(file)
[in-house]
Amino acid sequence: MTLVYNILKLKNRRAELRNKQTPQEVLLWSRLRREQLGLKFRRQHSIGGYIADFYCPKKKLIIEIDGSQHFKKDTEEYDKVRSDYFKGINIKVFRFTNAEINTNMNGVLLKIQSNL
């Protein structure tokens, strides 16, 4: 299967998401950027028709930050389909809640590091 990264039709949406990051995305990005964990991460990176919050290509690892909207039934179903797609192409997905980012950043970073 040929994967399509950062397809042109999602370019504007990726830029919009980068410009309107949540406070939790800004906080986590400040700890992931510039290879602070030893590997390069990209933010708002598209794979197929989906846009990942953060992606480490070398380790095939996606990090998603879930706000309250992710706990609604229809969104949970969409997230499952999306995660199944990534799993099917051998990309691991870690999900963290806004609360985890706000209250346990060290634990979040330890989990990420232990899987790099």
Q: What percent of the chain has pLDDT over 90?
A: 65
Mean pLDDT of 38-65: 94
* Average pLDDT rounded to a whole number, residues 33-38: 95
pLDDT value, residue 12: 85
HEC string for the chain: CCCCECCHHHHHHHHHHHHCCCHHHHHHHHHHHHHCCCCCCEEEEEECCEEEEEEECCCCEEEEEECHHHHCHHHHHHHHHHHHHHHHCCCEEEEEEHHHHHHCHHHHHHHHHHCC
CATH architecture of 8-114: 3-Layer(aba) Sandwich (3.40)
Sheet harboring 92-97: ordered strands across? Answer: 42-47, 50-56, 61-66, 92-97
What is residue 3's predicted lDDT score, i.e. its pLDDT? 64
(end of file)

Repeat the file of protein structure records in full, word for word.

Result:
[in-house]
Amino acid sequence: MTLVYNILKLKNRRAELRNKQTPQEVLLWSRLRREQLGLKFRRQHSIGGYIADFYCPKKKLIIEIDGSQHFKKDTEEYDKVRSDYFKGINIKVFRFTNAEINTNMNGVLLKIQSNL
């Protein structure tokens, strides 16, 4: 299967998401950027028709930050389909809640590091 990264039709949406990051995305990005964990991460990176919050290509690892909207039934179903797609192409997905980012950043970073 040929994967399509950062397809042109999602370019504007990726830029919009980068410009309107949540406070939790800004906080986590400040700890992931510039290879602070030893590997390069990209933010708002598209794979197929989906846009990942953060992606480490070398380790095939996606990090998603879930706000309250992710706990609604229809969104949970969409997230499952999306995660199944990534799993099917051998990309691991870690999900963290806004609360985890706000209250346990060290634990979040330890989990990420232990899987790099």
Q: What percent of the chain has pLDDT over 90?
A: 65
Mean pLDDT of 38-65: 94
* Average pLDDT rounded to a whole number, residues 33-38: 95
pLDDT value, residue 12: 85
HEC string for the chain: CCCCECCHHHHHHHHHHHHCCCHHHHHHHHHHHHHCCCCCCEEEEEECCEEEEEEECCCCEEEEEECHHHHCHHHHHHHHHHHHHHHHCCCEEEEEEHHHHHHCHHHHHHHHHHCC
CATH architecture of 8-114: 3-Layer(aba) Sandwich (3.40)
Sheet harboring 92-97: ordered strands across? Answer: 42-47, 50-56, 61-66, 92-97
What is residue 3's predicted lDDT score, i.e. its pLDDT? 64